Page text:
Two sheriff’s deputies shot and killed a 13-year-old boy carrying a replica assault rifle -- who they say wouldn’t drop it -- prompting outrage and grief in the typically quiet Northern California city of Santa Rosa.
The Sonoma County deputies on patrol saw the boy, identified as Andy Lopez, walking in a blue hoodie with what appeared to be a rifle at 3:14 p.m. Tuesday, Sheriff's Lt. Dennis O'Leary said in a statement. The replica gun resembled an AK-47 with a black magazine cartridge and brown butt, according to a photograph the sheriff released. It did not have the traditionally orange tip of a replica firearm. There is a photo of the fake gun and a real AK47 posted below.
Andy's father, Rodrigo Lopez, said he can't believe his son wouldn't listen to authorities if they asked him to drop the weapon. His son, he said, had a lot of respect for police.
"I sense that he did obey orders," Rodrigo Lopez said.
Other community members also stood behind the boy.
"He was not a gang member, he was an 8th grader," said Anita Ruiz, whose son was friends with the victim. "He was not a criminal, but yet he's dead. He's 13 years old. Couldn't something else have been done?"
Nicole Guerra, another mother whose son was friends with Andy, could barely contain her emotions.
"He's not the kind of boy that would resist," she told NBC Bay Area, wailing and gasping as she tried to articulate her thoughts. "He wanted to go to college and do something with his life. He would not have resisted. No way, no way. He's not that kind of boy."
The sheriff's department outlined the basic facts from the agency's point of view. Two deputies patrolling near Moorland and West Robles avenues in Santa Rosa about 3 p.m. spotted a "male subject" carrying what appeared to be an assault style rifle, similar to an AK-47 assault rifle.
The deputies hit their sirens and called for backup. Then, according to O'Leary, the deputies "repeatedly ordered the subject to drop the rifle."
Initially, officers said the subject’s back was toward them, but as they ordered him to put down the weapon they said he began to turn toward them. The department issued this statement:
"One of the deputies described that as the subject was turning toward him the barrel of the assault rifle was rising up and turning in his direction. The deputy feared for his safety, the safety of his partner, and the safety of the community members in the area. He believed the subject was going to shoot at him or his partner. The deputy described that he is aware an assault weapon of this type is capable of firing a bullet that can penetrate his body armor, the metal exterior of his car, and the walls of the residential houses behind him. The deputy then fired several rounds from his service weapon at the subject, striking him at least one time."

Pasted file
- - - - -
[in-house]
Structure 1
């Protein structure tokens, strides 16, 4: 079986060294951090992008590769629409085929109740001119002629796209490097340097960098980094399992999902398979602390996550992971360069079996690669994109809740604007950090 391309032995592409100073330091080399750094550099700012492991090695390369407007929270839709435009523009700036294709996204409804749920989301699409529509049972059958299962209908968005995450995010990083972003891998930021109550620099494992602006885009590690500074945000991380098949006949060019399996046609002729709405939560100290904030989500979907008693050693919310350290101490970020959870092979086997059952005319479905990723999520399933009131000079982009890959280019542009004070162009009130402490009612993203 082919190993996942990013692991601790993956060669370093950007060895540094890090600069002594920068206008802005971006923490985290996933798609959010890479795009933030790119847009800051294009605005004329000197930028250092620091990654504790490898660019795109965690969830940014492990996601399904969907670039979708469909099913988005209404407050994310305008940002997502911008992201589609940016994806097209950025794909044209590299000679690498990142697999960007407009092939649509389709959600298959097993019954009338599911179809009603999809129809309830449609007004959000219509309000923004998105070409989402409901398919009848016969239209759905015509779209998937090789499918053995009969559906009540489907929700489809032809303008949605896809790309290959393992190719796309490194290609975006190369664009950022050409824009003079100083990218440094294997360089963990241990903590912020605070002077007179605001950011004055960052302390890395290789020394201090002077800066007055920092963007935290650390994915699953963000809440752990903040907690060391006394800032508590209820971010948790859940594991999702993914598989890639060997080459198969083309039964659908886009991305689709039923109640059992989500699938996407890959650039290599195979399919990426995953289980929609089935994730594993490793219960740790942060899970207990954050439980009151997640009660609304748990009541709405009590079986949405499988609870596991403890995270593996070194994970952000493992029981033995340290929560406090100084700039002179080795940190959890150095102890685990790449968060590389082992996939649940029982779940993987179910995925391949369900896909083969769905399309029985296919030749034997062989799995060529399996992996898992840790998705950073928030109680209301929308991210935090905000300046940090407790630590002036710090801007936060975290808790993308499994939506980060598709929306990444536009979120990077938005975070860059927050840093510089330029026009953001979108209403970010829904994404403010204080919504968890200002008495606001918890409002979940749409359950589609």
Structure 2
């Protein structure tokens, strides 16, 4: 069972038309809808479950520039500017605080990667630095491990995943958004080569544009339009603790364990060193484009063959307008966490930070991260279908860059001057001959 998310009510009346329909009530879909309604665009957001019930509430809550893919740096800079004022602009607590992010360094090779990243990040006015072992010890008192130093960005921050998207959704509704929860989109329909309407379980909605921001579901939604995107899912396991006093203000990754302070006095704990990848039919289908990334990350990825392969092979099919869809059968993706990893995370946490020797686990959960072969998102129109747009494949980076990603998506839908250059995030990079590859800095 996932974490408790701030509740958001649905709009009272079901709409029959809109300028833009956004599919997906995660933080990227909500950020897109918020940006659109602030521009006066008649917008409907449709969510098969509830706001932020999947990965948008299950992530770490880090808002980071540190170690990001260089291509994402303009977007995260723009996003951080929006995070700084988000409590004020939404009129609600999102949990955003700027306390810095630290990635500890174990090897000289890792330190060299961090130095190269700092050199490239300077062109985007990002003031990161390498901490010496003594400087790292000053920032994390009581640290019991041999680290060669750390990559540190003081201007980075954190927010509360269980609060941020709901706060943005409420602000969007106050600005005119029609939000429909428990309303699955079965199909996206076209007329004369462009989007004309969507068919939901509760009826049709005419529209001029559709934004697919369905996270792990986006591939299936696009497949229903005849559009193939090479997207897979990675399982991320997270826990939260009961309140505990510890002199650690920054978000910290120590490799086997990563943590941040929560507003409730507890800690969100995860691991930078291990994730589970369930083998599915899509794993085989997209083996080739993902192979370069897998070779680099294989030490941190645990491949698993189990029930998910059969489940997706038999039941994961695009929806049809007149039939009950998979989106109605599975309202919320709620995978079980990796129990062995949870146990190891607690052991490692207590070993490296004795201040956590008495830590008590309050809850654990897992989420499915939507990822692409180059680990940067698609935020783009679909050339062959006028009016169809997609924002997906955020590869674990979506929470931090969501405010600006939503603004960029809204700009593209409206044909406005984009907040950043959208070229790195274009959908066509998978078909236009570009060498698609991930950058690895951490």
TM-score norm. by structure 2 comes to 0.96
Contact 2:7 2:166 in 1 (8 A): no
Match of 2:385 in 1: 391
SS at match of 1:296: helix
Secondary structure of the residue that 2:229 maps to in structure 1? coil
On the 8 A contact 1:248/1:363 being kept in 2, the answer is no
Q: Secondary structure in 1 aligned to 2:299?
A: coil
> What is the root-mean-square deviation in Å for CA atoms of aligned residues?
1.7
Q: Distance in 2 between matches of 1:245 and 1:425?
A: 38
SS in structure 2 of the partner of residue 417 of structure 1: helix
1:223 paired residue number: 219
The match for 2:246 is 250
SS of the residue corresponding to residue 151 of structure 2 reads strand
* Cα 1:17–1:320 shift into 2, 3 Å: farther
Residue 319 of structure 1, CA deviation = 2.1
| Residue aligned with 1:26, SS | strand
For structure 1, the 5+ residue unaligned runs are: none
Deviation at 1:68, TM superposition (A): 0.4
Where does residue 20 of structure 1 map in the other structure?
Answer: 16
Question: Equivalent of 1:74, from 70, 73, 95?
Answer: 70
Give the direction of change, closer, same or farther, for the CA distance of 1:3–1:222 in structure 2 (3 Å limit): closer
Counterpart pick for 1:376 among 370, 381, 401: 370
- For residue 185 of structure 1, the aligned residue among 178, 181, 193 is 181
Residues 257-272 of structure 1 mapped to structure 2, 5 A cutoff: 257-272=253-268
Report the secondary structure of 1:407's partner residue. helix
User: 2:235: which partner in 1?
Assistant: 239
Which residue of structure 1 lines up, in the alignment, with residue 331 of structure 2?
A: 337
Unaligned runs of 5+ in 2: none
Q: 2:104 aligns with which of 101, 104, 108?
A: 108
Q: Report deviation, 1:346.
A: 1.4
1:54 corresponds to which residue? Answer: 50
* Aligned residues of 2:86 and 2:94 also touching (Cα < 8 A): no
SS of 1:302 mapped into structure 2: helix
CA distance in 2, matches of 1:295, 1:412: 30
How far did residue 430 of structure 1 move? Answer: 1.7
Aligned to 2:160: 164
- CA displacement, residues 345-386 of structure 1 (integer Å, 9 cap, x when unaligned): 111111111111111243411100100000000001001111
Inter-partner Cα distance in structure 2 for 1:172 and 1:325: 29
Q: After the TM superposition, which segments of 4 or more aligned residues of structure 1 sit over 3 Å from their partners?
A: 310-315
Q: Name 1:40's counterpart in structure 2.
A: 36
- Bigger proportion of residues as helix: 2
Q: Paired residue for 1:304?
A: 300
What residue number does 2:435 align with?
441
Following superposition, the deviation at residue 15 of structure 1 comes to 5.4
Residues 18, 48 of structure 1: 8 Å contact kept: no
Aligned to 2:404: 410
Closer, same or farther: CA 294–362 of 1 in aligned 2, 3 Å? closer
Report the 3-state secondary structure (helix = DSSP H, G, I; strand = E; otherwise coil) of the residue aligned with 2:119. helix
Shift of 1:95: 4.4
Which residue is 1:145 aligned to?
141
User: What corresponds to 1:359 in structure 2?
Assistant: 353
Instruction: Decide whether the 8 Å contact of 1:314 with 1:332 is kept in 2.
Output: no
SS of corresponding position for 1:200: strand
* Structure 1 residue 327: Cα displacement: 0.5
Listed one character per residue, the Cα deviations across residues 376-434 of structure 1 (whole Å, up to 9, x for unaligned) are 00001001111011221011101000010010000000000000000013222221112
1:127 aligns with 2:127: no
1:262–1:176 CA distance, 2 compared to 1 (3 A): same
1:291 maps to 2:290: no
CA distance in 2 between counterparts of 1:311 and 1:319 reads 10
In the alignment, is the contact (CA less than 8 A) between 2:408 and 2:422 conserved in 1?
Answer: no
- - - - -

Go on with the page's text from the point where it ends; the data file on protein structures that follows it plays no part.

The deputies still commanded Lopez to move away from the rifle, the sheriff's statement read, but at this point, he was "unresponsive." Deputies handcuffed him, administered First Aid and called for medical help.
But it was too late. Andy was pronounced dead at the scene. In addition to learning the rifle wasn't real, the sheriff's department also stated they found a plastic hand gun in his waistband.
As is standard protocol, this officer-involved shooting is being investigated by the Santa Rosa and Petaluma police departments, and the District Attorney’s Office. The Sonoma County deputies who were involved in this incident have been placed on administrative leave, which is routine for such events.
Residents on Wednesday night held a protest in response to the killing and demanded justice for the Cruz family. Neighbors also paid their respects a growing memorial of flowers, photos, candles and stuff animals near where the boy was fatally shot.
Santa Rosa is about 55 miles north of San Francisco and better known, like other cities in the North Bay, for its wineries. This year, Santa Rosa was ranked among the Top 10 "happiest cities" in the United States. Andy's death marks the third fatal officer-involved shooting in Sonoma County this year. He had attended Lawrence Cook Middle School, where Assistant Principal Linsey Gannon said he was a talented trumpet player.
"He was a handsome young man with many friends and a lovely family," Gannon said. "He will be missed."
Bay City News and Cheryl Hurd contributed to this report.